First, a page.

Pride: A Conversation with General's Unity

 

In honor of the Vigil co-sponsoring General's Unity's opening event of Pride Week, I sat down with Ginny Johnson, president of General's Unity (GU), to discuss all things Pride. 

 

I hope that this interview may not only help to inform allies and those unfamiliar on issues which affect the queer community, but also encourage further participation in Pride Week and other queer-positive events.

 

But, perhaps even more importantly, I hope this article will help our queer readers feel seen, loved, and validated, especially during a time in which we often find ourselves having to defend our identities both within our own daily lives and also at the governmental level. 

 

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What is pride?

 

Pride is about celebrating being LGBTQ+, as well as a time for allies to celebrate their LGBTQ+ friends.

 

What significance does pride have for the queer community specifically?

 

It’s a time to see yourself represented culturally in a way that we often don’t get to see. Just existing in a heteronormative world can be hard if you aren’t surrounded by other queer people to see role models who you feel are like you. At pride you can see that you really do have a place in the world and within your community, and that there are other people like you who are happy and living full, well-rounded lives.

 

What are some historical events that led up to Pride?

 

The most famous historical event that led up to Pride is the Stonewall riots that happened in New York in June of 1969. Basically, police raided a gay bar in NYC called the Stonewall Inn and, in response to this injustice, queer people rioted against police brutality. Although Pride is more associated with celebration than with protest these days, we still recognize that Pride has its roots in protesting the status quo and the mistreatment of queer people.

 

Why is it important to celebrate Pride on this campus specifically?

 

Being a predominantly wealthy, white school in the South, the minority experience on this heteronormative campus is particularly difficult. To give a voice to this minority group and to make a space for us where we can feel like we’re being seen and heard on this campus is incredibly important.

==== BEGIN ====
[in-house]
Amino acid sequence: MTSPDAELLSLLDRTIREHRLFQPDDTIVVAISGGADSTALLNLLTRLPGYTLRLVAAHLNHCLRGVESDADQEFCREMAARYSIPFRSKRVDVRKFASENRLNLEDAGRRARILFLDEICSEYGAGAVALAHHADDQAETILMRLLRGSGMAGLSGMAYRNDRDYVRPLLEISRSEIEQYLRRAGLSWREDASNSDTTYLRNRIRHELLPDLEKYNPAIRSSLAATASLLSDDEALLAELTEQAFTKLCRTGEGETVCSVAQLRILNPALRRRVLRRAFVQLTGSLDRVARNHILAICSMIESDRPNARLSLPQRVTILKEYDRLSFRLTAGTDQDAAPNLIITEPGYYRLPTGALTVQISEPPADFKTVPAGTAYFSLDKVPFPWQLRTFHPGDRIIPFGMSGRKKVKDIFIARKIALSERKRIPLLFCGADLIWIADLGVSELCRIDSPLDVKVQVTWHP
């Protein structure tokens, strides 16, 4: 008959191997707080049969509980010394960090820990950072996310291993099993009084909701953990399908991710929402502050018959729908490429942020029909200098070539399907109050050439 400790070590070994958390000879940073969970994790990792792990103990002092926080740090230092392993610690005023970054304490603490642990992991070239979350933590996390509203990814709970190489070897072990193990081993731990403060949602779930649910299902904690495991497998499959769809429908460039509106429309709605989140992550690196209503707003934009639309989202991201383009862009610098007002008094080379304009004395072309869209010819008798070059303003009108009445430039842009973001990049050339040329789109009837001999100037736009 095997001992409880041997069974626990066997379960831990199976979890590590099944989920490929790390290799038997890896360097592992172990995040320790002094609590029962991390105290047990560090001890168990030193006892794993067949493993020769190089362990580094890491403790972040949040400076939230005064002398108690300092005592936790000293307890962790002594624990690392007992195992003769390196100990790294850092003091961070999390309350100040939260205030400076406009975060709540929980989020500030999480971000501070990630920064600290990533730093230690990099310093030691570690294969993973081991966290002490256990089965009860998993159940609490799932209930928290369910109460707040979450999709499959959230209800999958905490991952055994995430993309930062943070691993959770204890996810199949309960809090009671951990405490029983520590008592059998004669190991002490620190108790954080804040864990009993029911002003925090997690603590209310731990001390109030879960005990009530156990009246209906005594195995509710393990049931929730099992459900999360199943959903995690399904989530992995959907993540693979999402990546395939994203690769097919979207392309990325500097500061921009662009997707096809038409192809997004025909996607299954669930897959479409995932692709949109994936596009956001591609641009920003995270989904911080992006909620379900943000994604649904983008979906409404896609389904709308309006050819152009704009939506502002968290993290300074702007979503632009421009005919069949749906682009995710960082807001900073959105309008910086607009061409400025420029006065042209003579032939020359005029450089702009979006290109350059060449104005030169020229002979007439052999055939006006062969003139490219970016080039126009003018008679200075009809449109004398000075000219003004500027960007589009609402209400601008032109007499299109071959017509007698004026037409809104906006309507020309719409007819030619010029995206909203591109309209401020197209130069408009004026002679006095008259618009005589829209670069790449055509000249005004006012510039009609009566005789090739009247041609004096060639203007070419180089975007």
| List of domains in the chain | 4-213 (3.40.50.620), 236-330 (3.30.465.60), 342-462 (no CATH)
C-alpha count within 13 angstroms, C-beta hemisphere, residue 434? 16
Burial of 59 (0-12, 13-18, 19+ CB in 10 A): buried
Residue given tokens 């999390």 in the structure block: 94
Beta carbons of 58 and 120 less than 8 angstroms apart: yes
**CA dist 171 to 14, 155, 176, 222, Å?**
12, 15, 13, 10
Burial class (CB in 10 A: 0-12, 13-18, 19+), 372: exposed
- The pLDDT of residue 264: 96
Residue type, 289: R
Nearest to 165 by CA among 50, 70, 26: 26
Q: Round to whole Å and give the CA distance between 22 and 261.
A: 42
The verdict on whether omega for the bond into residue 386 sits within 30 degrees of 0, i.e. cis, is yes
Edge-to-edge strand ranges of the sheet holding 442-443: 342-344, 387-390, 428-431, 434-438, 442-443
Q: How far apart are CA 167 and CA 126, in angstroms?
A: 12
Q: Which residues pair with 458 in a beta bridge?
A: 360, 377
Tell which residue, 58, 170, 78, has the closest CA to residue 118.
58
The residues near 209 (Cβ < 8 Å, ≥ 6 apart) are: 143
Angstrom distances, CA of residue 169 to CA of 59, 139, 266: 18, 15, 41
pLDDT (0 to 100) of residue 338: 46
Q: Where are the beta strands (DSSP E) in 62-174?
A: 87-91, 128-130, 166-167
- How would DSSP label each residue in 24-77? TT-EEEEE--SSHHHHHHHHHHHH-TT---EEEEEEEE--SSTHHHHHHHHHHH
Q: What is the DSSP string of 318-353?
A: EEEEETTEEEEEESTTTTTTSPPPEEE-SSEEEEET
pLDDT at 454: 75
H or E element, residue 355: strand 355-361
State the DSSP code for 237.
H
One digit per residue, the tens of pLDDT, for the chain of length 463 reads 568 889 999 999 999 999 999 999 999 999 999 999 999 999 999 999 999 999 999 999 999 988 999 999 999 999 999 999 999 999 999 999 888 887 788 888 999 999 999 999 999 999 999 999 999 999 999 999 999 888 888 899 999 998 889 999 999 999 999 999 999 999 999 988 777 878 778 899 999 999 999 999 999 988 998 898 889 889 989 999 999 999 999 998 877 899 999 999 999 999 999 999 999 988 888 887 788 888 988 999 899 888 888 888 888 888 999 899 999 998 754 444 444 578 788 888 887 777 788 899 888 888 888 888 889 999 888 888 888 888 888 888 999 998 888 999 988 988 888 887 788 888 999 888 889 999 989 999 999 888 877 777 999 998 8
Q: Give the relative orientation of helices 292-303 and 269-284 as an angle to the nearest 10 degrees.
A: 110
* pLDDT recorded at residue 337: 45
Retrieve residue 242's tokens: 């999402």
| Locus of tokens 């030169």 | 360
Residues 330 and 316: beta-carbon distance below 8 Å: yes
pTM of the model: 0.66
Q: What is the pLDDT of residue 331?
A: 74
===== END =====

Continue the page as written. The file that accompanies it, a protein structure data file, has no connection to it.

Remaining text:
What do you hope Pride week will do for those students?

 

I hope that it gives them a sense that they—we—really do belong in the W&L community. A lot of the time, as a minority on this campus, it can feel very alienating and like you aren’t a “real” W&L student because you aren’t having the majority’s experience on this campus. So to see that the minority experience can be just as fulfilling is really important.

 

What is General’s Unity?

 

General’s Unity is the queer student union on campus. We provide a space where members of the LGBTQ+ community on campus, as well as straight, cis allies, can come together and feel safe celebrating the queer community on campus and feel that they can express themselves as whoever they are.

 

Besides Pride, what are some other things GU does?

 

We have monthly potlucks where members of the community and allies get together at the LGBTQ+ resource center, Red House, and we spend time together as a community. Then also in March we have the Virginia Equality Gala, which is like fancy dress, but gay.

 

If someone wants to get involved with GU, how can they?

 

Stop by our table in Commons during Pride Week! Come to our events! Spend some time at Red House. GU meetings are every other Tuesday at Red House, come by.

 

What other resources are there for queer students on campus?

 

There are the LGBTQ+ Peer Counselors who are just like other peer counselors but they are specifically for students who want to talk about issues with being LGBTQ+ or think they might be and want help navigating the process of coming out or figuring out their identity or have any questions or want to talk about anything regarding the LGBTQ+ experience. There is also a weekly support group for members of the community.

 

What are you most excited for about pride week?

 

At gay FUDG there will be a queer comedian named Jay Jurden and I’m really excited to see him!

 

How can allies by supportive of their LGBTQ+ friends during pride week?

 

Going to events is a good way to be supportive during pride week. Just expressing excitement along with your queer friends that pride week exists and is happening. Anytime that your friend wants to talk about queer experiences, be supportive of them. Basically, in the same way you would be a good friend to your other friends, do that, but with gay people.

 

Why is it important that pride be inclusive of all people?

 

Because anyone can be queer! Being LGBTQ+ is an invisible minority identity, like you can’t just look at someone and know that they are queer, so making sure to be welcoming to anyone is the best way to ensure that you aren’t excluding someone who may need it the most.

 

What does pride mean to you personally?

 

It’s a time when I get to be even more loud and proud about being a lesbian than I already am. Like I said earlier, it’s a time where I get to feel seen and heard in a way that for most of the year I don’t. And it’s a way for me to feel like I’m really staking my claim as a member of the W&L community as my whole self, which is nice.

 

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